Do you know that there are proven health benefits of garlic and that you should take advantage of them? I am sure you’ve heard about them. But if you haven’t, I will give you some of them here in this blog post.
Garlic is a plant in the allium onion family.
It is closely related to onions, shallots, and leeks. Each segment of a garlic bulb is called a clove. There are about 10 to 20 cloves in a single bulb, give or take.
Garlic grows in many parts of the world and is a popular ingredient in cooking due to its strong smell and delicious taste.
However, throughout ancient history, the main use of garlic was for its health and medicinal properties.
Scientists now know that most of its health benefits are caused by sulfur compounds formed when a garlic clove is chopped, crushed or chewed.
Perhaps the most famous of those is known as allicin. However, allicin is an unstable compound that is only briefly present in fresh garlic after it’s been cut or crushed
Other compounds that may play a role in garlic’s health benefits include diallyl disulfide and s-allyl cysteine
A 1-ounce (28-gram) serving of garlic contains
- Manganese: 23% of the RDA
- Vitamin B6: 17% of the RDA
- Vitamin C: 15% of the RDA
- Selenium: 6% of the RDA
- Fiber: 0.6 grams
- Decent amounts of calcium, copper, potassium, phosphorus, iron and vitamin B1
Garlic also contains trace amounts of various other nutrients. In fact, it contains a little bit of almost everything you need.
This comes with 42 calories, 1.8 grams of protein and 9 grams of carbs.
Garlic supplements are known to boost the function of the immune system.
One large, 12-week study found that a daily garlic supplement reduced the number of colds by 63% compared to a placebo (6).
The average length of cold symptoms was also reduced by 70%, from 5 days in the placebo group to just 1.5 days in the garlic group.
Another study found that a high dose of aged garlic extract (2.56 grams per day) reduced the number of days sick with cold or flu by 61%.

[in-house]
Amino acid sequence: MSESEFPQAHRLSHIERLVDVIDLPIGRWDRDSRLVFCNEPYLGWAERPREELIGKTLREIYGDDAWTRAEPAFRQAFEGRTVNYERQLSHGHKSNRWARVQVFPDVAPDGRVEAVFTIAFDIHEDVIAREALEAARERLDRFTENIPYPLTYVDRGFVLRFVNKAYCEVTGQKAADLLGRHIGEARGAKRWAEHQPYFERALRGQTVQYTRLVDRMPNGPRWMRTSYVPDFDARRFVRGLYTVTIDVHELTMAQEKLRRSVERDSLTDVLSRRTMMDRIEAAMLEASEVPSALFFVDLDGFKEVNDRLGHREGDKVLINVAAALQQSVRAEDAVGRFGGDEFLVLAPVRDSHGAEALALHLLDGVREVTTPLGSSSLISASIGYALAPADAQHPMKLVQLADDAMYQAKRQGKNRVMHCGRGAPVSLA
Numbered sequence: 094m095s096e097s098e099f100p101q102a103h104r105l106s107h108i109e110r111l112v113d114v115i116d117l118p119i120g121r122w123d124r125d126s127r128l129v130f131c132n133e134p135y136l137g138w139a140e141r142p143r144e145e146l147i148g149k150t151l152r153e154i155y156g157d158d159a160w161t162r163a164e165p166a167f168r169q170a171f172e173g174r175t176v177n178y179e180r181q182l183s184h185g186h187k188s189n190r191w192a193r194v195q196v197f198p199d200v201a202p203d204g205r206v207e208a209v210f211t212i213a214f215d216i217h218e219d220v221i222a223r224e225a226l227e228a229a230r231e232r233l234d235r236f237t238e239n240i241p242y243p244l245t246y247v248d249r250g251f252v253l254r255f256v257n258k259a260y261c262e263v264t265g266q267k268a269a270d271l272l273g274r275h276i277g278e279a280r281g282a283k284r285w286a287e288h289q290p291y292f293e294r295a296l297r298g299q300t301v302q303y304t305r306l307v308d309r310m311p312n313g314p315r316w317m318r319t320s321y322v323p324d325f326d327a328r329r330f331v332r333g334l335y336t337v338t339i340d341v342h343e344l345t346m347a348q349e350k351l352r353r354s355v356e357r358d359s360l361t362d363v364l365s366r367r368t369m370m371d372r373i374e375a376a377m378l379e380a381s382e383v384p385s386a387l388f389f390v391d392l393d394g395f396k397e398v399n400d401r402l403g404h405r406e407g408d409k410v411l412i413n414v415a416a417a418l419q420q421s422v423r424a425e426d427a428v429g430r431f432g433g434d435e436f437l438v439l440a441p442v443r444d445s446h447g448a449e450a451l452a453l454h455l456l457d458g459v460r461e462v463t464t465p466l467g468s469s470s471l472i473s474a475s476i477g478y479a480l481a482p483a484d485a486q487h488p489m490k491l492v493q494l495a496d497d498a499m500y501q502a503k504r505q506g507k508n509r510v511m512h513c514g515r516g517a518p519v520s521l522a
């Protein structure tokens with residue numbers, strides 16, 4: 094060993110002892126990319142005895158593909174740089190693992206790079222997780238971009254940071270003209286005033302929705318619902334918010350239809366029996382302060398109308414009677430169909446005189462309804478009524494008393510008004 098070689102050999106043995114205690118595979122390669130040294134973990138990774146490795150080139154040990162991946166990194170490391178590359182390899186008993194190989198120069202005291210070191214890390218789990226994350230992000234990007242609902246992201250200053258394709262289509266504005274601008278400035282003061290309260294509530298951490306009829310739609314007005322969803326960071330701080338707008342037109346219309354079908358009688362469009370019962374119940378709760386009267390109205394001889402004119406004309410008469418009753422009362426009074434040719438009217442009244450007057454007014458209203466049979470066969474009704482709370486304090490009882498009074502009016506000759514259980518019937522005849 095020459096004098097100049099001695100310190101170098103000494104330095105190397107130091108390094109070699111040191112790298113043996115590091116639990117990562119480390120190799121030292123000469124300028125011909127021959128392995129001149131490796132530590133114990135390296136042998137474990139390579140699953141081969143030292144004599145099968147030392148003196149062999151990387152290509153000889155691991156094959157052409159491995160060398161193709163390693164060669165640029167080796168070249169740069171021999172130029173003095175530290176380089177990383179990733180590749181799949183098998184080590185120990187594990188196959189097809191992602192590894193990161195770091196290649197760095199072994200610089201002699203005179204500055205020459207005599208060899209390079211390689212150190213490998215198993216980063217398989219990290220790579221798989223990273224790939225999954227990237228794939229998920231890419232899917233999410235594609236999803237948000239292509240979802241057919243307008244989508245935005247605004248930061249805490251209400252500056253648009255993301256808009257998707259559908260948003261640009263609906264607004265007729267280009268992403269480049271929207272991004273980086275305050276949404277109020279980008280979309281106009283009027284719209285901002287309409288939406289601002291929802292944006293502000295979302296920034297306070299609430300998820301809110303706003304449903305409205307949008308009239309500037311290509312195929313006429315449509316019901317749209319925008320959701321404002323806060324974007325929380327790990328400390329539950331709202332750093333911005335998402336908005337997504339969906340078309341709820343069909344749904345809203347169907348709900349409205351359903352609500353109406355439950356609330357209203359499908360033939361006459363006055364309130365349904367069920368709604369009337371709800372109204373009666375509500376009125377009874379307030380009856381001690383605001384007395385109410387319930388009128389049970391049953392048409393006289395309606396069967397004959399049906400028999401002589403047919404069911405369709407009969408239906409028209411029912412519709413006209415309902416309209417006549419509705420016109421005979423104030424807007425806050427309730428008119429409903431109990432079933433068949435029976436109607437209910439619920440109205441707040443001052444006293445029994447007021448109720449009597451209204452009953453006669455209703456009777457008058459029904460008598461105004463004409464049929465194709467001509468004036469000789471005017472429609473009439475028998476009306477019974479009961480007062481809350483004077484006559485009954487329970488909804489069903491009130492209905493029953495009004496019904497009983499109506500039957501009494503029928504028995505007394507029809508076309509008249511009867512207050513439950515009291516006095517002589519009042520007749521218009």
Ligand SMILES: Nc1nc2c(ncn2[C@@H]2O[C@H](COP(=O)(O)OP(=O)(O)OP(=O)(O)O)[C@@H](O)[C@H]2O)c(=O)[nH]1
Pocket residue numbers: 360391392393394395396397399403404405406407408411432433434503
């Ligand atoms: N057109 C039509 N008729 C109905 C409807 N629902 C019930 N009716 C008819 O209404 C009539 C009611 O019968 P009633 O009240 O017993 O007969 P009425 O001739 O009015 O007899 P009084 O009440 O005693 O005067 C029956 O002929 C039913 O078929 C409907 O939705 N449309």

Cardiovascular diseases like heart attacks and strokes are the world’s biggest killers.
High blood pressure, or hypertension, is one of the most important drivers of these diseases.
Human studies have found garlic supplements to have a significant impact on reducing blood pressure in people with high blood pressure.
In one study, 600–1,500 mg of aged garlic extract was just as effective as the drug Atenolol at reducing blood pressure over a 24-week period.
Garlic can lower total and LDL cholesterol.
For those with high cholesterol, garlic supplements appear to reduce total and/or LDL cholesterol by about 10–15%.
Looking at LDL (the “bad”) and HDL (the “good”) cholesterol specifically, garlic appears to lower LDL but has no reliable effect on HD.
Garlic was one of the earliest “performance enhancing” substances.
It was traditionally used in ancient cultures to reduce fatigue and enhance the work capacity of laborers.
Most notably, it was given to Olympic athletes in ancient Greece.
Rodent studies have shown that garlic helps with exercise performance, but very few human studies have been done.
People with heart disease who took garlic oil for 6 weeks had a 12% reduction in peak heart rate and better exercise capacity.
However, a study on nine competitive cyclists found no performance benefits.